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Sunday, August 01, 2004
Miscites et al.

Tim Waligore asked for a clarification of my Benhabib quote in my latest post. In reference to these sentences: "This brings me to a practical application of what I have learned. The College can, and should, ban speech that injures the quality of life and the total community environment of learning. Since we as individuals are, as political theorist Benhabib notes, situated among many webs of interlocution and various communities of language and socializing, we as individuals, and the College as an institutional authority, have the responsibility to censor and punish speech-acts, which by their very utterance inflict injury or tend to incite an immediate breach of the peace" Tim responded:

In Seyla Benhabib's book The Claims of Culture, Benhabib says she agrees with Charles Taylor that our selves are situated among many webs of interlocution. BUT Benhabib says that, from that fact, she does not think it follows that that the government should single out one of those indenties and it give specific institutional recognition and protection to it. At least in the context of society as a whole, Benhabib makes it clear that she is more interested in our identities being contested in the institutions of civil society, rather than through state enforcement. Granted, I haven't read everything Seyla Benhabib wrote, and she may in fact be in favor of 'speech codes.' But simply because we publically negotiate and contest our identities does not entail that the nearest institution should be empowered to regulate identity. Stevenson can make whatever argument he wants; I just don't think it's Benhabib's argument and I'd like him to tell me at least where he got it from.
I cited Benhabib, who was quoting/agreeing with Taylor but I didn't remember that at the time, to argue that we are situated selves, with multi-faceted identities. I cited her to show that individuals are complex situated selves and that the content-neutral idea of free speech as freedom of expression being defended in the D, rather than free speech as a tool toward small-e enlightenment, been offered by myself did not sufficiently recognize the potential for speech-acts to injure parts of a persons identity. I tried to make clear, and may have failed, that any defense of free speech, in my mind, needed some mechanism by which it could punish hateful, harmful speech, and promote constructive, pedagogical speech. I did not want the "nearest regulate identity" projects as a whole but to be in a position to punish and regulate exceedingly harmful discourses.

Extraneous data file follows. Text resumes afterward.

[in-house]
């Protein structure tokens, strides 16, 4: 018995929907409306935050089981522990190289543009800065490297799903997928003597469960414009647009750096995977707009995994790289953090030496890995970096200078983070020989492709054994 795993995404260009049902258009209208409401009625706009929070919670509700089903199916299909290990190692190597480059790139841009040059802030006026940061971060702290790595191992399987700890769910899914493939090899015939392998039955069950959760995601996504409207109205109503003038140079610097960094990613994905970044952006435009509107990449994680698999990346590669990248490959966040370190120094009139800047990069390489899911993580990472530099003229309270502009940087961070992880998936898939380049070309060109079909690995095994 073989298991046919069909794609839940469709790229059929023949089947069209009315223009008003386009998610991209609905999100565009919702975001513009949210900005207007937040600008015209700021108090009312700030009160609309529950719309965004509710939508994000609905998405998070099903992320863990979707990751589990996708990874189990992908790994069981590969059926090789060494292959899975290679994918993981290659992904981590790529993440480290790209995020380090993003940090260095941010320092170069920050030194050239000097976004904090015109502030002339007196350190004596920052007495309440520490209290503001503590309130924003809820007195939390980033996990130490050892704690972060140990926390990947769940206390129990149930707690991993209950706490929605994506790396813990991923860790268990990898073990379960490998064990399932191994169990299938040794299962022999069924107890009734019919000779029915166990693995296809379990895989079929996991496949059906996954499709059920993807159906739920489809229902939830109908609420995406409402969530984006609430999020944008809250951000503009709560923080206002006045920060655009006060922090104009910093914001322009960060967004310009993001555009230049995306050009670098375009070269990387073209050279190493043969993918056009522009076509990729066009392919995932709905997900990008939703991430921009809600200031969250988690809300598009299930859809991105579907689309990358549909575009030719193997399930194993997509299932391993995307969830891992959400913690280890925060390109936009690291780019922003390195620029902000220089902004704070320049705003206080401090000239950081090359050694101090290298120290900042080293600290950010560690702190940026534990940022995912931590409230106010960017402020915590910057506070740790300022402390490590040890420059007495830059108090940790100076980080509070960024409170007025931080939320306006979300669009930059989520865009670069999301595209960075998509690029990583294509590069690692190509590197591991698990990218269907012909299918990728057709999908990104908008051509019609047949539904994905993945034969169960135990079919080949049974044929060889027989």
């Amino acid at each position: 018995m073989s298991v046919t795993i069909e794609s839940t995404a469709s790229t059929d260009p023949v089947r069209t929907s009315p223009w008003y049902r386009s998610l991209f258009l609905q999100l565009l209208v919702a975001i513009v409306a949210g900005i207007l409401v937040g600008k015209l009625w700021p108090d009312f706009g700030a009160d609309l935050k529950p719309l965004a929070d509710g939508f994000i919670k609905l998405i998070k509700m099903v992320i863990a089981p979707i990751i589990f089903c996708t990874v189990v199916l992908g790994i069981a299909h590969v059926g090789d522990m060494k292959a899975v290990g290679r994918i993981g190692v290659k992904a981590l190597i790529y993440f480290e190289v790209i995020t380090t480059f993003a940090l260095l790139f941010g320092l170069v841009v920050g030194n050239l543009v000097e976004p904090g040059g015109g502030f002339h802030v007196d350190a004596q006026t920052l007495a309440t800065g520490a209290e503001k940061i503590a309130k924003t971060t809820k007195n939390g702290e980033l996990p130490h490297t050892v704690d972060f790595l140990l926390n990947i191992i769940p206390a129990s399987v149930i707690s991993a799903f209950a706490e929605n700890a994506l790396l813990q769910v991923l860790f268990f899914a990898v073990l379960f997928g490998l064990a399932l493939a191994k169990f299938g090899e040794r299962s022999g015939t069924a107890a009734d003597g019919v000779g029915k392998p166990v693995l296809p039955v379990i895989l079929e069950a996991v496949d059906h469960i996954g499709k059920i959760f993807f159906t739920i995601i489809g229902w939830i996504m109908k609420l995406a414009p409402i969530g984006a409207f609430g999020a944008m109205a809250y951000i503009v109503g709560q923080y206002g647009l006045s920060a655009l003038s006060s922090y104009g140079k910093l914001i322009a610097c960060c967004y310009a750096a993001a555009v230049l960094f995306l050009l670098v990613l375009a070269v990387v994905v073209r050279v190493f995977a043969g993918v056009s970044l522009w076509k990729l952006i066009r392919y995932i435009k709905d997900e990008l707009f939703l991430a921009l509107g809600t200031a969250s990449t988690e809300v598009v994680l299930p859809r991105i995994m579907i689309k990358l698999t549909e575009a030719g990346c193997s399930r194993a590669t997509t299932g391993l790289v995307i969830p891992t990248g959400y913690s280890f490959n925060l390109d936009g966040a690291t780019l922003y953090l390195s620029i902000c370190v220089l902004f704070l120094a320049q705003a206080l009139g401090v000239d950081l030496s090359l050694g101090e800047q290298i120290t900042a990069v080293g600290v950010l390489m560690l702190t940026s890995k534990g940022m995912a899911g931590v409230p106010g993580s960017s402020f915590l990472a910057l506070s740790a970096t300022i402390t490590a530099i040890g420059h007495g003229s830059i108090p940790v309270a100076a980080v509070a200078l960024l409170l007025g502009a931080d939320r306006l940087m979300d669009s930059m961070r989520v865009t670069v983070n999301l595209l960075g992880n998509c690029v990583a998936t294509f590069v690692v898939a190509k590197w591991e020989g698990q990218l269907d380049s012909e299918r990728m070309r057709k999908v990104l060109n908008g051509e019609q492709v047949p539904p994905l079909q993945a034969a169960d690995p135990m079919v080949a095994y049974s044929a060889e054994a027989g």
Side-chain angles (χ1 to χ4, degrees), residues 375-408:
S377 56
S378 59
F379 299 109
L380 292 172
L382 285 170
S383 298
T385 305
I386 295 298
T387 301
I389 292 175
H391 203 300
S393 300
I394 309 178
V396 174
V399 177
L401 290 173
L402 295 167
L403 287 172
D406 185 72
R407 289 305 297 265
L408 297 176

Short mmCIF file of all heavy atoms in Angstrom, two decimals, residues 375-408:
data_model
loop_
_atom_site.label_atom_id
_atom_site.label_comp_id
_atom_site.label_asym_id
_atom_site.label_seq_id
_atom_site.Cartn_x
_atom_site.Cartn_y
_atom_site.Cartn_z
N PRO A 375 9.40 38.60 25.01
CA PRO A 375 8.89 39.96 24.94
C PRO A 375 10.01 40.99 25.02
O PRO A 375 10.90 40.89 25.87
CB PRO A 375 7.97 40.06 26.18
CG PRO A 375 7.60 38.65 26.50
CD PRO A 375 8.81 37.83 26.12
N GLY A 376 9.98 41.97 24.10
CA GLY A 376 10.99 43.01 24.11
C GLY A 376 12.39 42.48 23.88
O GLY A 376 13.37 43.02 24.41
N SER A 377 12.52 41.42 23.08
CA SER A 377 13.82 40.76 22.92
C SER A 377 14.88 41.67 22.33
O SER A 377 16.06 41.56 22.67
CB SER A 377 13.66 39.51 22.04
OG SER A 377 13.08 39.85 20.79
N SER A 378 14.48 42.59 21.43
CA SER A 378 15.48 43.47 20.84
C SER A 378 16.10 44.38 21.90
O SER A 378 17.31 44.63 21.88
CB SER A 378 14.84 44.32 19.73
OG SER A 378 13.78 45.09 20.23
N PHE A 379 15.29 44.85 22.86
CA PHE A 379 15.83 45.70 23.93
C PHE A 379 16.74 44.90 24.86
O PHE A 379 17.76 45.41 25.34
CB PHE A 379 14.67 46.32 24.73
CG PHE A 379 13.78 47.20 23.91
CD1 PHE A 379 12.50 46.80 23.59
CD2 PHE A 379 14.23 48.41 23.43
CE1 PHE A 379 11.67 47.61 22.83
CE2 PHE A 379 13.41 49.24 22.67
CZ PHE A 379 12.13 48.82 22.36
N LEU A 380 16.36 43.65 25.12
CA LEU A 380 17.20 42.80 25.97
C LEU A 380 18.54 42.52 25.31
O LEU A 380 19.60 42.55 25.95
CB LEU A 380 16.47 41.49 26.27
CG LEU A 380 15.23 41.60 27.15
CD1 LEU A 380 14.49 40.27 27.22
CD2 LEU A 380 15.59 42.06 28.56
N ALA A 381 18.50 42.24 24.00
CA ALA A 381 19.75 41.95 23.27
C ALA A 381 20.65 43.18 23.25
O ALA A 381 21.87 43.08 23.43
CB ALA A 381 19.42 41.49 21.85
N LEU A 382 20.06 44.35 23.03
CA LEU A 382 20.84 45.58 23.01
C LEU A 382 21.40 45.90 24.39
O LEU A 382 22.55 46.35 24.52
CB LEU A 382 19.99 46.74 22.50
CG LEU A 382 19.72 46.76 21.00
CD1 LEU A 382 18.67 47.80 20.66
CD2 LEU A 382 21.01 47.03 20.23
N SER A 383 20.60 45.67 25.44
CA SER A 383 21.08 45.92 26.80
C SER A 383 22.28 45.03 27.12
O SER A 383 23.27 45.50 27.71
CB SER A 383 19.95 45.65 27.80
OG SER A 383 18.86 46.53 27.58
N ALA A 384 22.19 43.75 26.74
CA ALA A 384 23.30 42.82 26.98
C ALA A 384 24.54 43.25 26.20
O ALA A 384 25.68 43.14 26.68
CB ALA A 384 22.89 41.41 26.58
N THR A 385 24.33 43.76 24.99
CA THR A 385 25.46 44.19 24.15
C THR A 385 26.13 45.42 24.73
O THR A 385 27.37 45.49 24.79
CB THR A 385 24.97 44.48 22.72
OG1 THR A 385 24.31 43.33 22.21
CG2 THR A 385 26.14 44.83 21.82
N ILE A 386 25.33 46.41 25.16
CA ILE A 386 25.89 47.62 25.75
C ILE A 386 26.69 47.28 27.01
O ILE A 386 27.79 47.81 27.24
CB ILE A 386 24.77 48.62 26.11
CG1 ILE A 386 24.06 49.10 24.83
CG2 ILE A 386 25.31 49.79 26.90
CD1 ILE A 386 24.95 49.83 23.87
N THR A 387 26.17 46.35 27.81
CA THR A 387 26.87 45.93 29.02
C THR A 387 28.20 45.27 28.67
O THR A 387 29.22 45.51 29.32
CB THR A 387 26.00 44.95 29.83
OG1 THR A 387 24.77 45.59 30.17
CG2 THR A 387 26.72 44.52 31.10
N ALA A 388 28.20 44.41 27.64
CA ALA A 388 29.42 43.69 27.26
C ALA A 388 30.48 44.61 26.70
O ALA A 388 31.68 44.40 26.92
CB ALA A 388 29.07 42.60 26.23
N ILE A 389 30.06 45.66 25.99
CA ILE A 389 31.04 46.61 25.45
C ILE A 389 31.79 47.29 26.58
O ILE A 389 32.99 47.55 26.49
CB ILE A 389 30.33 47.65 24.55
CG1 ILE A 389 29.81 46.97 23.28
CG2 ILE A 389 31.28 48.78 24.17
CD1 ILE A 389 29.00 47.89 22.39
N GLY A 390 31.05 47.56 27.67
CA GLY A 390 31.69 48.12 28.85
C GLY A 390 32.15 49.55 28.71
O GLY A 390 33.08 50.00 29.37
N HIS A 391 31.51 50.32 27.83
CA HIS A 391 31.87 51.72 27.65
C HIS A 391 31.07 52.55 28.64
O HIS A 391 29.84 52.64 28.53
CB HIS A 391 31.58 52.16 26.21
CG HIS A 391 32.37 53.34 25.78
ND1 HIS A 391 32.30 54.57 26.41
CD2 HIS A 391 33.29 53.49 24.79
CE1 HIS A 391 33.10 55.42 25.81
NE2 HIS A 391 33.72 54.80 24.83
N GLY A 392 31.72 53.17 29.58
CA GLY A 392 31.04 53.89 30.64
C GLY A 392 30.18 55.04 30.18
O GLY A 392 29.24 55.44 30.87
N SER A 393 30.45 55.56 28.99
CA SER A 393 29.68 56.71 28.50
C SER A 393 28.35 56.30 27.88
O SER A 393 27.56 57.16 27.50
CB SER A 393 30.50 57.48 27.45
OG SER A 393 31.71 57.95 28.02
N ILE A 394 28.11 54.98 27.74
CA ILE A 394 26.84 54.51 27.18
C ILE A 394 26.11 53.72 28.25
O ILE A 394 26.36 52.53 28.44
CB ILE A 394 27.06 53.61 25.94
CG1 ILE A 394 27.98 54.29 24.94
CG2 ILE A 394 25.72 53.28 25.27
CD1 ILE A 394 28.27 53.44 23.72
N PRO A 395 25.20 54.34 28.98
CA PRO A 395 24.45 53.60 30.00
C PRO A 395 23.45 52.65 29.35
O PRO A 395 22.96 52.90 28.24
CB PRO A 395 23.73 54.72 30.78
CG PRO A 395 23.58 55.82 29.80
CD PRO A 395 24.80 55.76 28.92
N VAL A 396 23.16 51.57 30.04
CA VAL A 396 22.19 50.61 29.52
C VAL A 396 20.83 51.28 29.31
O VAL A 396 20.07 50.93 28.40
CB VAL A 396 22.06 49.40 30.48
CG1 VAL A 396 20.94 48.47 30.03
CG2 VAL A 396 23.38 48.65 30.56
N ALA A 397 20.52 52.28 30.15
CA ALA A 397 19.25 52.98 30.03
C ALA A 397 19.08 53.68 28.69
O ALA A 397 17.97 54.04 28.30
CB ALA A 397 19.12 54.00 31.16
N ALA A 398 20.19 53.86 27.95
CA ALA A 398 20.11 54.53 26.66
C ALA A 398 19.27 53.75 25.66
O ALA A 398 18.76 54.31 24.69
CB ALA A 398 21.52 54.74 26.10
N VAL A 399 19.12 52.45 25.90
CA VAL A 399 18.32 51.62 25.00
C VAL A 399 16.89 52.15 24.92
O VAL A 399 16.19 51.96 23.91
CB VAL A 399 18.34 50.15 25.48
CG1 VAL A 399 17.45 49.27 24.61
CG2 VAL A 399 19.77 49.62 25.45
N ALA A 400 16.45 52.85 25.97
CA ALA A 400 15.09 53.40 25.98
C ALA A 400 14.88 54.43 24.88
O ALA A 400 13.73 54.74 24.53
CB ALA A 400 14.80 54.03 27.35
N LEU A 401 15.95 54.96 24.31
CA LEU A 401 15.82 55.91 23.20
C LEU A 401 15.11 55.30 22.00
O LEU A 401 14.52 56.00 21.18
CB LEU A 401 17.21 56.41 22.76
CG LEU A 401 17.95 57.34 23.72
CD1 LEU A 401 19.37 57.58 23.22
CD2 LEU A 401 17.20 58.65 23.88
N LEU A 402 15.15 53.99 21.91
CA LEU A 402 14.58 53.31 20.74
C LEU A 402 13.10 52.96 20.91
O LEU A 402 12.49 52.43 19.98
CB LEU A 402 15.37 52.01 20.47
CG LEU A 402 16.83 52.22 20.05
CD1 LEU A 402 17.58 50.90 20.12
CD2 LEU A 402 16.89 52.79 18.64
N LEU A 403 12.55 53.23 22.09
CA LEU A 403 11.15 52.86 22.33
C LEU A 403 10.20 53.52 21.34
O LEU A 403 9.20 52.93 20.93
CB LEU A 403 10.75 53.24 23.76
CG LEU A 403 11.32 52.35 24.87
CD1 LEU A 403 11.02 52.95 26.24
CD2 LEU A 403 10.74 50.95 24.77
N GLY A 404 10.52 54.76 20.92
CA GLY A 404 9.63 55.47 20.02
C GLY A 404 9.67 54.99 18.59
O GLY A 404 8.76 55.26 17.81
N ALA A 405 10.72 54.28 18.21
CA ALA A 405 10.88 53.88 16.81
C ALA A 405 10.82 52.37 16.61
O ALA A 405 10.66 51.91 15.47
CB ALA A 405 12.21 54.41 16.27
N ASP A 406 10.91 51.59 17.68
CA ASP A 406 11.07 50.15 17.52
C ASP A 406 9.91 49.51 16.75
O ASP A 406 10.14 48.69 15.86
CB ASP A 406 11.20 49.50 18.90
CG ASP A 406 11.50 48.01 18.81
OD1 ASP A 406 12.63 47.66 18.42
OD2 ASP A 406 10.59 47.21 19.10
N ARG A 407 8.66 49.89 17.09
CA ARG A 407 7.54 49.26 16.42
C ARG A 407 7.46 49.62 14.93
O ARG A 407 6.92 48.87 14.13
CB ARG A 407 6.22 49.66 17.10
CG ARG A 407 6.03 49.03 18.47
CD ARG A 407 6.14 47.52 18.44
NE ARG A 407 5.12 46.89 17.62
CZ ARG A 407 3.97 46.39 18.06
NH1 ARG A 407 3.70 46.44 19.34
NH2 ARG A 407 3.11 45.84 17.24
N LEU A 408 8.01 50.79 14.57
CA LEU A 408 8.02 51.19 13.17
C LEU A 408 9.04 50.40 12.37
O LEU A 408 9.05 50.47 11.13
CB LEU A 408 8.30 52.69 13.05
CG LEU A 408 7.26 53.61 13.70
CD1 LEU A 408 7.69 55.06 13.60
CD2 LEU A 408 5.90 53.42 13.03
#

I did not cite her to say that the college should single out any one identity to which it grants special protection/recognition. No where did I state that Jewish persons needed some special protection from hate-speech. I am unclear on where Benhabib falls on the issue. My invocation of her should not implicated in my argument for "speech codes" (that label in and of itself is problematic). It's just that I was relying on her for a specific conception of identity, which she herself was appropriating from Taylor, and wanted to mention my indebtedness to her on that front. Starting from the Benhabibian/Taylorian conception of the situated self, I conclude that speech which "by their very utterance inflict injury or tend to incite an immediate breach of the peace" is not speech that should be eligible for protection under the banner of free speech. The wording of the latter half of the sentence I pulled from my notes on a US supreme court case 315 US somewhere between 570 and 573. My notes have the quote as follows: "There are certain well-defined and narrowly limited classes of speech, the prevention and punishment of which have never been thought to raise any Constitutional problem...insulting or fighting words which [cause] injury or (garbled) breach of the peace." In retrospect, I should work quotes around the latter half of the sentence and send that off to the D. (It has been edited on this site.)